Social Media for Beginners
Q: Hi Steve – We have never used social media for our business. Don't know where to start and how to master it. Please advise. Thanks. - Sonia
A: These days it is sometimes difficult to discern what is a fad versus what constitutes lasting change. Social media is not a fad, it’s here to stay, and more and more old businesses are, like Sonia above, realizing that it is time to get up to speed.
The good news is that it is not that difficult.
First, let’s define our terms. The Web used to be a static environment where people read stuff. Today it is far more dynamic; watching video, reading blogs, and chatting online is commonplace. While some people call all of that as social media, I disagree. What small businesses really want to understand is how to participate in social networking sites like Twitter or Facebook. Let’s refer to that as social media.
I think the best way to think of social media is as a conversation. People are already online, on these sites, having conversations about everything imaginable. Would it behoove you to start some of those conversations with your own customers and would-be customers? Of course. That is the power of social media. And that is why it is your job as a small business owner today is to become part of the conversation.
1. Watch: There are scores of social media sites out there, but the big three are Twitter, Facebook, and LinkedIn. Each does something a little different
- Twitter allows for short bursts, or tweets, of only a few sentences (140 characters). As such, it is great for having back and forth conversations with people and posting short nuggets of information. People who follow what you do on Twitter are your “followers.”
- Facebook allows for a more robust interaction by allowing businesses to create fan pages where they can post videos, articles, contests and the like.
- LinkedIn allows you to link to all of the people you know on the site, create a network, and then make connections to your network’s network, creating an even more vast network.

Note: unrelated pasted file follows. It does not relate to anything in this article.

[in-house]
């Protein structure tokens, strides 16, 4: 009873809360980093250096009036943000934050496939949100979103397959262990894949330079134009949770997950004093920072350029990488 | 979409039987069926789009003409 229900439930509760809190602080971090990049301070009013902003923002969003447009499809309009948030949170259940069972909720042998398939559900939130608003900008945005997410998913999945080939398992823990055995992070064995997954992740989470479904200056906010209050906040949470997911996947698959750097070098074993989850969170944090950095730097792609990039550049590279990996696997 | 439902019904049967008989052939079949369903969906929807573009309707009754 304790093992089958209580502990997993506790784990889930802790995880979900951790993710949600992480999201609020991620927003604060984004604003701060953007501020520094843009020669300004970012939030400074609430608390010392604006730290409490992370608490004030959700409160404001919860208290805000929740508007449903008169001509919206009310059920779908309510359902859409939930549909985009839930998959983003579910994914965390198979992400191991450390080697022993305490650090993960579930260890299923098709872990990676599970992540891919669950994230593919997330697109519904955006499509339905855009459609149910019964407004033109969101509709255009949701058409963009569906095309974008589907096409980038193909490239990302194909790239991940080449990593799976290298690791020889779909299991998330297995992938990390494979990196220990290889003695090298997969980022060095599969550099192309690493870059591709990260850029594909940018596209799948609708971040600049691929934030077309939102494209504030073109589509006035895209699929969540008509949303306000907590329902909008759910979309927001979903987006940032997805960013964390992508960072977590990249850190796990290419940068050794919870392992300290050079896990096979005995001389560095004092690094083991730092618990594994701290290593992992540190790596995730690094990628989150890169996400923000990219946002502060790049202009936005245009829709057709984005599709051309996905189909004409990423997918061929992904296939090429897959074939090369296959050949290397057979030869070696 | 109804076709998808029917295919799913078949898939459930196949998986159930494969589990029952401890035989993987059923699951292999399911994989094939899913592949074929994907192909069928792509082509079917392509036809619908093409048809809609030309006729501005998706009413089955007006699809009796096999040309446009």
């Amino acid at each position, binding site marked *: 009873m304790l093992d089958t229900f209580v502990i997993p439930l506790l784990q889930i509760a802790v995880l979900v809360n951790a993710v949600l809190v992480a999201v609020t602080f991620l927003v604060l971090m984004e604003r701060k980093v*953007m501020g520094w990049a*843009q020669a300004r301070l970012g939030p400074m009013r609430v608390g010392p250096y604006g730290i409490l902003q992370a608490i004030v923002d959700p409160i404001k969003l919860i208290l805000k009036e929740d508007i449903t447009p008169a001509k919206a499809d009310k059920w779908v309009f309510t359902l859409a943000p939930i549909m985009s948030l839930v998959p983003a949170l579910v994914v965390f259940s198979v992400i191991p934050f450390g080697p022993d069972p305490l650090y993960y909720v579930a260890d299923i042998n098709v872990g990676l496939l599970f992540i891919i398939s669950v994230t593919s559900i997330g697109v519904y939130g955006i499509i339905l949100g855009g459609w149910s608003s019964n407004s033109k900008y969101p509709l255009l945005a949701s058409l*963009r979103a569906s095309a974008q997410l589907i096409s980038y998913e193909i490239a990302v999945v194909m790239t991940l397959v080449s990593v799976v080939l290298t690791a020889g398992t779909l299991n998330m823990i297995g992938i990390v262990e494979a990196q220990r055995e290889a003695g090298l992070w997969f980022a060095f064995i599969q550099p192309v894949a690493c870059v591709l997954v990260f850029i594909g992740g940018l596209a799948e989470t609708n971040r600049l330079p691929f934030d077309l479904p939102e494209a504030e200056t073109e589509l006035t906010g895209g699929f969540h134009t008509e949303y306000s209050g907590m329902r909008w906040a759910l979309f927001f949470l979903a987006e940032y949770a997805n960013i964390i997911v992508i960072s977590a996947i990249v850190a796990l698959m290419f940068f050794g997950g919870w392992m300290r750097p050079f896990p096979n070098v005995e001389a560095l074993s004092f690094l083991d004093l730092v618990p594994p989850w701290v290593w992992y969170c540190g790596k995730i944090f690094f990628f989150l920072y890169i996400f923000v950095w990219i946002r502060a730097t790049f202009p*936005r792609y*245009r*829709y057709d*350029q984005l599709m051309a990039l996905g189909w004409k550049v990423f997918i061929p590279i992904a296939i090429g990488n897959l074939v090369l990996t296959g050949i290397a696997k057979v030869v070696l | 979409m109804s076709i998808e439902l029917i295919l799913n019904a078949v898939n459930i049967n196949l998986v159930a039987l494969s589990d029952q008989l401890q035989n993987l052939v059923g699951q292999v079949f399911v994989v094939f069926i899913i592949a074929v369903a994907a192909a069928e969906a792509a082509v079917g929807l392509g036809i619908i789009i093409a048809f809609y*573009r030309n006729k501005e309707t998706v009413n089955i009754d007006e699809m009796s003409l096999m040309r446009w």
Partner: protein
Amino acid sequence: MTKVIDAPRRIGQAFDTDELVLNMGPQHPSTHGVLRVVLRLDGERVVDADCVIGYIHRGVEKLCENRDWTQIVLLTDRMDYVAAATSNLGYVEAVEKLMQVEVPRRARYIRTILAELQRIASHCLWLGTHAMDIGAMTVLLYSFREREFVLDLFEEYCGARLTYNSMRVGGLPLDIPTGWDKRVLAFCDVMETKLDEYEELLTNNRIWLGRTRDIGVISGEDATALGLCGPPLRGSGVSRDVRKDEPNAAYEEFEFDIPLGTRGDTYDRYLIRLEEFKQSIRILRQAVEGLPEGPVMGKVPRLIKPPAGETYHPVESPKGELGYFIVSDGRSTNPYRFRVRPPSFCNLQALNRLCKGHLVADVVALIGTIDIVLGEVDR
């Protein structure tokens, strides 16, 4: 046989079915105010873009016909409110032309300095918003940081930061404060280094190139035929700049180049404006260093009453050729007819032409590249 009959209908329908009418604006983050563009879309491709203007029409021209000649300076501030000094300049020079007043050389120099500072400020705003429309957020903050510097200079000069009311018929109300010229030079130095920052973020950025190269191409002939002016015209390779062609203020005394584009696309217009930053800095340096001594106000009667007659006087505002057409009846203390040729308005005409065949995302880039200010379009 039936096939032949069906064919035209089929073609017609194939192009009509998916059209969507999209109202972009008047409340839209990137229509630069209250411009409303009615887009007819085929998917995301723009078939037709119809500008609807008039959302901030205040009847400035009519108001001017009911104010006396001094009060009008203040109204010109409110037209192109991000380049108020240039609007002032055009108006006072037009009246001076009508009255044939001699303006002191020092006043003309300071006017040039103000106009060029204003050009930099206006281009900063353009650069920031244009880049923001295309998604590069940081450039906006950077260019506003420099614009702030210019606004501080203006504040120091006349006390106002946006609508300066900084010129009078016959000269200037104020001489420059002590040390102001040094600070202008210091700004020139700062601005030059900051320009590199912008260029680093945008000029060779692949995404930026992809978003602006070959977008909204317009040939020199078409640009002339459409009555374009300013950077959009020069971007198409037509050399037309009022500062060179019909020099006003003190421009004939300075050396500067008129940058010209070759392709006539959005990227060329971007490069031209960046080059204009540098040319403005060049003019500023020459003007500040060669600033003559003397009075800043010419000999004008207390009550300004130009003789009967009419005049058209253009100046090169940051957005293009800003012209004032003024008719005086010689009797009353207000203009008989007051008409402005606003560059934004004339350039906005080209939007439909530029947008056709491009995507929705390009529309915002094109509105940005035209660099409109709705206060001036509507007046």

You begin by spending some time on each site and getting a feel for how they work and how you might participate.
2. Set up accounts: Next, create accounts at all three of the big ones. Be thorough and add enough information to make you and / or your business relevant and interesting. On LinkedIn, be sure to add all of your contacts. On Facebook, create a Fan page.
You should also consider setting up accounts at some of the other sites
There are many, many others to check out of course. Indeed, if you know of any niche ones that specifically relate to your industry or business, set up shop at those for sure.
3. Choose: While I am suggesting that you cast a wide net generally, especially in the beginning I think it is smart to start small and concentrate on one site in particular. It will take time and effort, especially in the beginning, so concentrating on one social networking site will enable you to master that site and make some connections. After that, take on another site.
4. Get involved: Whatever site you choose, the trick is to immerse yourself in it. If you like LinkedIn, join a group, create some new connections, or add some apps to your homepage. On Twitter, the key is to create useful content that people like. As opposed to the misconception that Twitter users tweet mundane things about their life, the fact is that most small business people tweet articles and posts that are quite interesting.
5. Stick with it: Mastering social media takes time, and getting business results from it takes even more time. Spending an hour a day on it is not uncommon in the beginning, and as you really get into it, that may increase multi-fold. Don’t get discouraged. The trick is to begin to meet and engage people, to become part of the conversation. The more you do that, the more your network will grow, and the more business opportunities you will get.
For example, I recently heard about a woman who started a business and immediately engaged on LinkedIn with people in her industry. Two months later, when she wanted to create a board of advisors, she put out the word to her LinkedIn network and was inundated with offers. Or, on Facebook, what about the diary that asked fans to post videos of their love of their ice cream? The dairy then posted the videos for all to see and enjoy.
Forging connections like that is what social media is all about.
Today’s Tip: A few last tips: Understand what your brand is and make sure that your social media efforts and posts always reflect that brand. Be human, not corporate. Because the best place to find fans and followers is on your own site and blog, be sure to put social media widgets there.
© 2010 Steven D. Strauss, www.MrAllBiz.com